That we are a top high-cost place has been known to us for some time, but few Singaporeans – if any – had imagined we would be Number One. Full story
DPM THARMAN: EIU'S RECENT COST OF LIVING REPORT DOESN'T APPLY TO LOCALS
The EIU survey had placed Singapore as the number 1 most expensive city in the world
As Singaporeans lament over the rising cost of living in Singapore with the recent report released by the Economic Intelligence Unit (EIU) confirming our sentiments, DPM Tharman has come out to say that these reports do not actually reflect the situation faced by locals.
However, Tharman explained that these rankings measure costs for expats from around the world rather than the costs faced by locals.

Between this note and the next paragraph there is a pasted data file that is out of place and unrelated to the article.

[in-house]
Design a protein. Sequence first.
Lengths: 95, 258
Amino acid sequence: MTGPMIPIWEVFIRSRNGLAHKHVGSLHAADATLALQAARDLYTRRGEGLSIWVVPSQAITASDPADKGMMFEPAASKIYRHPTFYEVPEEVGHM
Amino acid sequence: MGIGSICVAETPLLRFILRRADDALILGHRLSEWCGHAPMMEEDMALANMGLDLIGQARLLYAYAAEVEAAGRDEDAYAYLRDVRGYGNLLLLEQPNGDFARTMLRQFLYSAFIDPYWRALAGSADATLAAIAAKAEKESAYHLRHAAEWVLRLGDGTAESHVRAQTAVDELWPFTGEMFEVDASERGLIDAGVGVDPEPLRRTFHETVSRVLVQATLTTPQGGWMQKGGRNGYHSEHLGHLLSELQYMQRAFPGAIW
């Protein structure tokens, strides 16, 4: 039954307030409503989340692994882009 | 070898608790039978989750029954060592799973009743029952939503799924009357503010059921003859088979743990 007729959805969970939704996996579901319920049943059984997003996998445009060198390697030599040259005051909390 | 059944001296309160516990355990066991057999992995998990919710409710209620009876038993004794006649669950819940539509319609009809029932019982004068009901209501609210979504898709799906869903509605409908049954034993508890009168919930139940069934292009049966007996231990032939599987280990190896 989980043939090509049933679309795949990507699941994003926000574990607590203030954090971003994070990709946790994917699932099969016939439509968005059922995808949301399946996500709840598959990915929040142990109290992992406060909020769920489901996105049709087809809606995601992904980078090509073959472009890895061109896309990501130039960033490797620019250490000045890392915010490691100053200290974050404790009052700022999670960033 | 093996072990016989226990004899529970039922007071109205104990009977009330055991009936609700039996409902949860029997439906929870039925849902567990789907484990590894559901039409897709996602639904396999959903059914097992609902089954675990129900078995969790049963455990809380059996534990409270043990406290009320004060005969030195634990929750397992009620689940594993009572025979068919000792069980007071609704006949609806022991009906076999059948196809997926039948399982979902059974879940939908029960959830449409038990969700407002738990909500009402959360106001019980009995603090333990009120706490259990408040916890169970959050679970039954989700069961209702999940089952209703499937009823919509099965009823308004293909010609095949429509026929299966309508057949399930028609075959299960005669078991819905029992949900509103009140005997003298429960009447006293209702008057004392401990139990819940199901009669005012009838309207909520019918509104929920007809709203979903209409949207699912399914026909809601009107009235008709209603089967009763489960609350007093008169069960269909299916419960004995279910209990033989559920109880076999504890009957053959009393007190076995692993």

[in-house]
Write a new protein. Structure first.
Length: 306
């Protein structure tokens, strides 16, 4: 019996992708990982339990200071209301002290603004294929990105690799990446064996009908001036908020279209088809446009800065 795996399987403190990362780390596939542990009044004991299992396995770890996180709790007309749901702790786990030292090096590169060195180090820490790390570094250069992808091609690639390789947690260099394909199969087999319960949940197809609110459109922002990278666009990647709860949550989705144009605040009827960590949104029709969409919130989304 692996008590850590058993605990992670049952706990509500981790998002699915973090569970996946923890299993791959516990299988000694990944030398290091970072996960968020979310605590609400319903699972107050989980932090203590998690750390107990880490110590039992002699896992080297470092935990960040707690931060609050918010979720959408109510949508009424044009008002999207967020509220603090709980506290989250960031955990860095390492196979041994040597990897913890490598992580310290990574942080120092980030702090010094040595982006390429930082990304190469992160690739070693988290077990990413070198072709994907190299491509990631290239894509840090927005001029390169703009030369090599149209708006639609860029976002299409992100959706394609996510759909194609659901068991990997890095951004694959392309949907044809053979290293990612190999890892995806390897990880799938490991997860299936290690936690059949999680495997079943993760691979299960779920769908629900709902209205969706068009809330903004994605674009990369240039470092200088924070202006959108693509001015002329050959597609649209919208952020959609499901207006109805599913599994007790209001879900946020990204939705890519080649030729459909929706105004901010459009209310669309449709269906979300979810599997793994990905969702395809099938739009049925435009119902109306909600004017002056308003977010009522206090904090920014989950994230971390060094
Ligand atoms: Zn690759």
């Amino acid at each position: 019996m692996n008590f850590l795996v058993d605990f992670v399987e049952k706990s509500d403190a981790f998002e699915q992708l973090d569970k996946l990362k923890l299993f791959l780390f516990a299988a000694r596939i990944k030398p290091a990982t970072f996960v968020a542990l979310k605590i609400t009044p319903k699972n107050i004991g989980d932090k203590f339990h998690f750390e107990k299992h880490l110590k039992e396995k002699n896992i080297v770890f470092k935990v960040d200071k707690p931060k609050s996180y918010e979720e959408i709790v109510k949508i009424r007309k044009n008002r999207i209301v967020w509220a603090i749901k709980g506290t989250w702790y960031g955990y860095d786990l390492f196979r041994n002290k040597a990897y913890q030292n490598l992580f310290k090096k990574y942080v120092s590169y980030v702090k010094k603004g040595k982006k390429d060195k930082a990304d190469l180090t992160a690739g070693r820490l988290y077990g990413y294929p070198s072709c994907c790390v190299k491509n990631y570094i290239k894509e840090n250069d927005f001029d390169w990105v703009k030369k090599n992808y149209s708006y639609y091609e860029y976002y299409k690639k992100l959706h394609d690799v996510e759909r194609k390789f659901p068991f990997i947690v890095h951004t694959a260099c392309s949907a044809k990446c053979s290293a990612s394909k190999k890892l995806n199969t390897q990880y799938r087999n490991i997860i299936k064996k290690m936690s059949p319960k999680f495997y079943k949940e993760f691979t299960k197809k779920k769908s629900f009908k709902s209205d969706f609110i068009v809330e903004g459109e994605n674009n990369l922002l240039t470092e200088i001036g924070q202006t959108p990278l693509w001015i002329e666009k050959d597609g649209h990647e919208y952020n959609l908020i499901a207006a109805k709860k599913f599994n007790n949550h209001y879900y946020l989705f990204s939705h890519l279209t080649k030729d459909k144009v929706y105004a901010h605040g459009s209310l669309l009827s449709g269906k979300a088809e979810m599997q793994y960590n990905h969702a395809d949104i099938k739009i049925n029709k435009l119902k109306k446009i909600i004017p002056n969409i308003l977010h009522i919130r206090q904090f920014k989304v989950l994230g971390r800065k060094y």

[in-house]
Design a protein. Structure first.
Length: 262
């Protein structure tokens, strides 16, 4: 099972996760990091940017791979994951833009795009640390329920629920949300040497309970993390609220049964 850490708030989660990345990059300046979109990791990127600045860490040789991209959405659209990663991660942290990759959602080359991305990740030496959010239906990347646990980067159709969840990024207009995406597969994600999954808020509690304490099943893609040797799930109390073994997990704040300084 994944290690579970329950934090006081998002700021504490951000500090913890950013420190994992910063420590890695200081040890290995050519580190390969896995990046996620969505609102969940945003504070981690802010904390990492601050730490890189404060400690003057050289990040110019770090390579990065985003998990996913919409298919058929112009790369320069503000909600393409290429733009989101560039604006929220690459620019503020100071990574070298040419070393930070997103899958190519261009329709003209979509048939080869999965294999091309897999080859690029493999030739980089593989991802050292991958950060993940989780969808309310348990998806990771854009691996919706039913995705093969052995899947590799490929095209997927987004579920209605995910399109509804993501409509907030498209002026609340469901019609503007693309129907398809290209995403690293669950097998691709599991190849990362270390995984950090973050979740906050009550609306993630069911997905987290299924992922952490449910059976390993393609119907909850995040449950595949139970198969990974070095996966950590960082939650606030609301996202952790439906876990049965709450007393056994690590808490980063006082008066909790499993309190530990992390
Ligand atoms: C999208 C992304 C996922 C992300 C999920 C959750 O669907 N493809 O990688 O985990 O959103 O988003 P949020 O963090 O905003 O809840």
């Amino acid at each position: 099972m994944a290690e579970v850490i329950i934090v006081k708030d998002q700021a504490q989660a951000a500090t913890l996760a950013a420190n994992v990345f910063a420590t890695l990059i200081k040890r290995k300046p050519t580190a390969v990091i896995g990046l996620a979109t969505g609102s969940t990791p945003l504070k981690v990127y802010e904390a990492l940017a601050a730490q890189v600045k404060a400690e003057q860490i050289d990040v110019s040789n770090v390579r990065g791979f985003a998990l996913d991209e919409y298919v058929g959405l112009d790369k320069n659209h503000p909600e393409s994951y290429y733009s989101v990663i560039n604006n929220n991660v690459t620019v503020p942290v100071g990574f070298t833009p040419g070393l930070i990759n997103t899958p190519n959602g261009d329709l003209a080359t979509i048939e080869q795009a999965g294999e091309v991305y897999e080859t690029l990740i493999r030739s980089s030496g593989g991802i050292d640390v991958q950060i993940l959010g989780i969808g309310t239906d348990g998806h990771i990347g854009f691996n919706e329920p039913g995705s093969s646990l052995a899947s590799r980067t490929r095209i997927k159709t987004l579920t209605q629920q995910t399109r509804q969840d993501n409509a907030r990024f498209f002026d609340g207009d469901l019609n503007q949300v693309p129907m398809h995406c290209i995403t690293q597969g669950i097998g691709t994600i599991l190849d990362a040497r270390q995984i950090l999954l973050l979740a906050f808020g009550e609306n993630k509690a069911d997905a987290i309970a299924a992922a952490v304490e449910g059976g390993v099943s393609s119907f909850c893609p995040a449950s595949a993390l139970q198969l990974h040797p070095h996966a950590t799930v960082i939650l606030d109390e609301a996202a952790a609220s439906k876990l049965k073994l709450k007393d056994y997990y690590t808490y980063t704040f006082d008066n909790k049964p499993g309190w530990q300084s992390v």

The main difference, he explained is the fact that expats are much more heavily impacted by exchange rates so when Singapore's currency is strong, Singapore will become much more expensive to live in.
Singapore’s No. 1 ranking in EIU Cost of Living Survey
Mr Tharman said the strengthening of the Singapore dollar makes Singapore goods expensive for someone who is paid in a foreign currency. Firstly, many expatriates are given the choice of being paid in Singapore dollars. Secondly, the EIU cost of living survey ranks countries based on prices of goods and services only, it does not rank countries based on how affordable goods and services are relative to salaries. Singapore’s No.1 ranking in the EIU cost of living survey has everything to do with prices and nothing to do with salaries or the currency of salaries. Therefore, Mr Tharman’s argument about someone being paid in a foreign currency is completely irrelevant in so far as Singapore is No.1 ranking in the EIU cost of living survey is concerned.